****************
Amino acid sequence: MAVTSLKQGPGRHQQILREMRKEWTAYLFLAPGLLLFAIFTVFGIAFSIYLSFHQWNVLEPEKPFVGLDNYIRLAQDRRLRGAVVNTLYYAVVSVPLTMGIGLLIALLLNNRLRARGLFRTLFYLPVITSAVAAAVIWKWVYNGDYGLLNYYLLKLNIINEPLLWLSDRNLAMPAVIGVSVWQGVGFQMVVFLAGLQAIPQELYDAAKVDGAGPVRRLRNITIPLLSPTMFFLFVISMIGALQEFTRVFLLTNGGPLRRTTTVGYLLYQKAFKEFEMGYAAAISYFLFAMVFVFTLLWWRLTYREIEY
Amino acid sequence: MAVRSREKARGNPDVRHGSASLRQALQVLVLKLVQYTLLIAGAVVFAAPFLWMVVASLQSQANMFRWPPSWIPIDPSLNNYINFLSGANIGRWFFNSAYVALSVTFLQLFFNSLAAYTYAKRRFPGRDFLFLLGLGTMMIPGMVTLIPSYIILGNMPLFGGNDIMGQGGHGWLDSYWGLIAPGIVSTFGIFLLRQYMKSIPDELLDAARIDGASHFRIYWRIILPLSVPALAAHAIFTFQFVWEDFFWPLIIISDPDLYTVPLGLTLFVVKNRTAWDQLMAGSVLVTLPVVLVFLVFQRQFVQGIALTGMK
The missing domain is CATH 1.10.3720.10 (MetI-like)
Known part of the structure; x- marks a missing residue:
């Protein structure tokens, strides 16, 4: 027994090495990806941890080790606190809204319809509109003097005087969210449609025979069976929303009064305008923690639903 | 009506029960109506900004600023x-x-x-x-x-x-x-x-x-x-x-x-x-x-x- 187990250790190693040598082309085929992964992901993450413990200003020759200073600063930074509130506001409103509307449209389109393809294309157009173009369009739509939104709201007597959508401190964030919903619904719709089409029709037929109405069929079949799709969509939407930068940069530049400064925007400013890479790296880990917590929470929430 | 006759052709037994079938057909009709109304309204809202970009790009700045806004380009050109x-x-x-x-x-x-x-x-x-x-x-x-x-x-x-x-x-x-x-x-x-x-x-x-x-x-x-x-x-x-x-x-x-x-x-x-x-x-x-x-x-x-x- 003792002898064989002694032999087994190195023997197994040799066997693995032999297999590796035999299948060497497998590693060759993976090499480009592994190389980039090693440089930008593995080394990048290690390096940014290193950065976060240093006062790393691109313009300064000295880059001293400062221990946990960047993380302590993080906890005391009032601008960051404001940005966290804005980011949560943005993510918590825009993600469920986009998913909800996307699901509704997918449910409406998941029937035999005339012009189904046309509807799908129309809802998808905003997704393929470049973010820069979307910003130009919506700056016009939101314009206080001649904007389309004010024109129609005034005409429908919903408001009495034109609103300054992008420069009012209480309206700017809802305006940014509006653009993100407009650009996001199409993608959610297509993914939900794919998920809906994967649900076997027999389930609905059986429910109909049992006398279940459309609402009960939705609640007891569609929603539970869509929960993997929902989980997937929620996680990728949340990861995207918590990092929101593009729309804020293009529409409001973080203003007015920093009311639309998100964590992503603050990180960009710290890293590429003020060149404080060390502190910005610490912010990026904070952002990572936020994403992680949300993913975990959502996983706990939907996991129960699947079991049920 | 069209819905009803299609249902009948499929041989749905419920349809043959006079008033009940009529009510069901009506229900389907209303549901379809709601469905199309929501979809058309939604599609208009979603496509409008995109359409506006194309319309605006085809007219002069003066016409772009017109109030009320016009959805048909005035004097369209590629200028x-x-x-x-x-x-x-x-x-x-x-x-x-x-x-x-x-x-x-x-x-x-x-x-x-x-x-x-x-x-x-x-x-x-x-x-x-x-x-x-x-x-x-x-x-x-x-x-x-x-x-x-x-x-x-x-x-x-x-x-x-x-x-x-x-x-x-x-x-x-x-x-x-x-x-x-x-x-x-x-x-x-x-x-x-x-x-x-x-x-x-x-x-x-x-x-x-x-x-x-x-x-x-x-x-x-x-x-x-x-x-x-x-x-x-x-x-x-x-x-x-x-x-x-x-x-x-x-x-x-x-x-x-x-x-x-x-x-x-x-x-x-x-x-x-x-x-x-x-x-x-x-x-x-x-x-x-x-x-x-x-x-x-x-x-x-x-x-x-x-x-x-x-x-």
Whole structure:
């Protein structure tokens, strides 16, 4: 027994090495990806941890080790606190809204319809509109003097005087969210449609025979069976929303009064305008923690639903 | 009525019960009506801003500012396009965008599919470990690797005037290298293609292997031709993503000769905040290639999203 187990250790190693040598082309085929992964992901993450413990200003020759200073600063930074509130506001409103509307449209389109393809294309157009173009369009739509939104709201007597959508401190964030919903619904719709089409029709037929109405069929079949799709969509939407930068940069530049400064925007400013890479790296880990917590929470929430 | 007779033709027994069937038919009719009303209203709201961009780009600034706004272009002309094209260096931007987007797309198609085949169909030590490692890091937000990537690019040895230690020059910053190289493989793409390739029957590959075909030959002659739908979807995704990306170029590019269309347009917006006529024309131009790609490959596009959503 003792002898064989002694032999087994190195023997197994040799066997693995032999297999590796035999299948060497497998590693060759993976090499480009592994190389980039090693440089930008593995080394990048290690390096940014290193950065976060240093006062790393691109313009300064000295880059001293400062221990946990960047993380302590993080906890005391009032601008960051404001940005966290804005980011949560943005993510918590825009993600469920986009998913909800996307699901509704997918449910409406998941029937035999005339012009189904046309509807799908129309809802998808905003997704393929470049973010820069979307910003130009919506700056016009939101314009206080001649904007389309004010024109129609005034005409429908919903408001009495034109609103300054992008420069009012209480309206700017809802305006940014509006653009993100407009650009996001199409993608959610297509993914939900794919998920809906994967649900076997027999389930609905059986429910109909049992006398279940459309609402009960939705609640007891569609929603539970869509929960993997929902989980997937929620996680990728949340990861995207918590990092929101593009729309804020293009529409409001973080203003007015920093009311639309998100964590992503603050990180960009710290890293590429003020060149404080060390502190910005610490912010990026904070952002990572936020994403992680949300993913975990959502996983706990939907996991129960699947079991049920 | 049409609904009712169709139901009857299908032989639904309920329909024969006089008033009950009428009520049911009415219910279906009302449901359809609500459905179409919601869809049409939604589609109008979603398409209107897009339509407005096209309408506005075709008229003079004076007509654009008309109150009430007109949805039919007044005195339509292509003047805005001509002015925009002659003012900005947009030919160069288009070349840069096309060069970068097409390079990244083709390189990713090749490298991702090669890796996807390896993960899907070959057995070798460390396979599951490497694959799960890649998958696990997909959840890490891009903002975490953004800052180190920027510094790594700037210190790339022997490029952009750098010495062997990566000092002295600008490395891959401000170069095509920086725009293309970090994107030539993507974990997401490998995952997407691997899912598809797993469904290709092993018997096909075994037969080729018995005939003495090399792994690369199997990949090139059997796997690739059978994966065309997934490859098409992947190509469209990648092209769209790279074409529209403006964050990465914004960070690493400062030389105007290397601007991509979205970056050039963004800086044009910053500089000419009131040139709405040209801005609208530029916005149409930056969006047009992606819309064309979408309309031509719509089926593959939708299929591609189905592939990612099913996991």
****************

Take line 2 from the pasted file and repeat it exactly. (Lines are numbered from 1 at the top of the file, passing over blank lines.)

Amino acid sequence: MAVRSREKARGNPDVRHGSASLRQALQVLVLKLVQYTLLIAGAVVFAAPFLWMVVASLQSQANMFRWPPSWIPIDPSLNNYINFLSGANIGRWFFNSAYVALSVTFLQLFFNSLAAYTYAKRRFPGRDFLFLLGLGTMMIPGMVTLIPSYIILGNMPLFGGNDIMGQGGHGWLDSYWGLIAPGIVSTFGIFLLRQYMKSIPDELLDAARIDGASHFRIYWRIILPLSVPALAAHAIFTFQFVWEDFFWPLIIISDPDLYTVPLGLTLFVVKNRTAWDQLMAGSVLVTLPVVLVFLVFQRQFVQGIALTGMK